4) Are you planning a book tour with Precious Cargo? If yes, are there dates you are excited to partake in. Are book tours and public readings something you enjoy doing?

I’m in the midst of a small tour right now, but it’s primarily a press tour, as I guess you’d call it. Just radio shows and newspaper interviews, not a lot of readings. They’re something I enjoy doing to a degree, yes, but also there’s a worry—perhaps a small one, or perhaps one that will become more profound depending on how things go with this book—that I might be looked upon as some kind of an expert or advocate on a subject that I would never claim an expertise in. The book was written from a position of ignorance of a lot of things, including special needs and what that means and how society looks at adults or children who have some of the conditions presented in the children I drove. So while I’m happy to speak on what I learned, and hold opinions, they are not ironclad and are constantly shifting because it is a topic that seems to me so vast, and so nuanced, that I often feel helpless in trying to talk about it, thinking that I’m not finding the right words or expressing myself in the way that is truest and more importantly, respectful towards those kids. So … ask me again a year from now. We’ll see how I’m feeling.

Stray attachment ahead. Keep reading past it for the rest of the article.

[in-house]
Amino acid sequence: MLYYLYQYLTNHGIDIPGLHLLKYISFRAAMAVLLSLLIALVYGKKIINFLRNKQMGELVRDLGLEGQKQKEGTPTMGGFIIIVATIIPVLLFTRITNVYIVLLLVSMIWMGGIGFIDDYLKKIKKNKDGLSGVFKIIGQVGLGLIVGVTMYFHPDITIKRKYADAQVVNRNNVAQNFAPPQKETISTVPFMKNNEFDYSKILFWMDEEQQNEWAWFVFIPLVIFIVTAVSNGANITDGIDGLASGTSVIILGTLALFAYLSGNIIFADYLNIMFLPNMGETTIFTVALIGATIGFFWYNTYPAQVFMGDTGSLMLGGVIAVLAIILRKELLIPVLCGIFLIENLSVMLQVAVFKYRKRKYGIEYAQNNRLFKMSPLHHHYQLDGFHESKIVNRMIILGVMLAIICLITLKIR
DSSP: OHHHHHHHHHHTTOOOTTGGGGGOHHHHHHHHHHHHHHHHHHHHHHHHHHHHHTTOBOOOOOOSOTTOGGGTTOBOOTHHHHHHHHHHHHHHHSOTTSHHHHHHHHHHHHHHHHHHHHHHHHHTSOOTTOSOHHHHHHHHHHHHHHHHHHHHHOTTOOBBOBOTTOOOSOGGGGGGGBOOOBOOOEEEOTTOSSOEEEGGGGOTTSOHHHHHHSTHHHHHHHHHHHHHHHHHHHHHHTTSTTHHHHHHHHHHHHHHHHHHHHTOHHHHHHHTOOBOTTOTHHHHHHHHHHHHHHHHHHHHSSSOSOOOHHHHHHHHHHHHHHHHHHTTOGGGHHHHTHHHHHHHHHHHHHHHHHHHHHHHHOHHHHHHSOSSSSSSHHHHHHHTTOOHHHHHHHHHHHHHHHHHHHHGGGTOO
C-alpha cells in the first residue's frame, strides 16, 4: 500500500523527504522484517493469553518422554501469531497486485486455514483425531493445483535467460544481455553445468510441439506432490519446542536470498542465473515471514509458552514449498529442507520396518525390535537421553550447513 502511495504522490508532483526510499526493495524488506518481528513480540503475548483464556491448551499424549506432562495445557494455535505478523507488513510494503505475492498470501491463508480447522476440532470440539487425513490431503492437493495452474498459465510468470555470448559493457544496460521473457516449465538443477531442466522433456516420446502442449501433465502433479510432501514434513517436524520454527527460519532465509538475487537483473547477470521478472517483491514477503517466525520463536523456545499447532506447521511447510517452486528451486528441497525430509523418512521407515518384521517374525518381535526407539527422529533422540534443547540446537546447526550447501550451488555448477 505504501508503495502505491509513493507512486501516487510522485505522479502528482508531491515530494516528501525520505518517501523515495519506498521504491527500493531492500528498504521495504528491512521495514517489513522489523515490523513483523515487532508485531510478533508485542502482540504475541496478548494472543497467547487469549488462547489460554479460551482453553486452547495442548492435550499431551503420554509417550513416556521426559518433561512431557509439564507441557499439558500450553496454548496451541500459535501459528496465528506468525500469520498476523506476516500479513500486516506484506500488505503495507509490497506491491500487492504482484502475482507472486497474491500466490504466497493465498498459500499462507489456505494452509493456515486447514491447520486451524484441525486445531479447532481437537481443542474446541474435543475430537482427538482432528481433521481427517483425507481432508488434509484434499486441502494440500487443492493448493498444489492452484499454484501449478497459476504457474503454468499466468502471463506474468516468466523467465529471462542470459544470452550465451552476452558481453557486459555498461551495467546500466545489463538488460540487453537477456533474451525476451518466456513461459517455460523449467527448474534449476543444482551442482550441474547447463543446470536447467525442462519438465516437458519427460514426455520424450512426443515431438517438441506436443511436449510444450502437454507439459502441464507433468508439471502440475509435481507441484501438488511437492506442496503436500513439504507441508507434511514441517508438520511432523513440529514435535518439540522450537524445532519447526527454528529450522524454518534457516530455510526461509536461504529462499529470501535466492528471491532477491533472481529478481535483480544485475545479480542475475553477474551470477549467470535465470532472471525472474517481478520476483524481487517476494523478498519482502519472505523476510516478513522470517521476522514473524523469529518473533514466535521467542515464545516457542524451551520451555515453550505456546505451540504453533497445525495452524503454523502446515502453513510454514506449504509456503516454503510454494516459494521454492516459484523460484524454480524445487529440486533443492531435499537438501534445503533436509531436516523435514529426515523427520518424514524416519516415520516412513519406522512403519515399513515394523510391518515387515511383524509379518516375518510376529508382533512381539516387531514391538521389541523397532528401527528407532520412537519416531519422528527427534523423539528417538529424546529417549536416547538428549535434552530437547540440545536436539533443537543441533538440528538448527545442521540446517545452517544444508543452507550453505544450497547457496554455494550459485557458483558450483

5) Who are your favourite writers? What are your reading right now?

Oh, all over the map. Stephen King. Thom Jones. Atwood. Didion. Goes on and on. I’m reading a lot of Robert R. McCammon right now. He rocks my socks off.

6) Has your writing changed much since you first started? If yes, how so?

I’m not sure it has. Or maybe. Probably unavoidably, yes. I’m not sure I can say how. I was disciplined from the start, in terms of putting myself on the grindstone and just, yeah, grinding out work. A kind of work ethic. If anything, that obsessional quality has slackened with having a wife and a child—can’t go squirreling myself away for days-long writing sessions with a family. Not the key to family harmony.

7) Is there much difference between the writing styles of Nick Cutter and Craig Davidson. If yes, how so?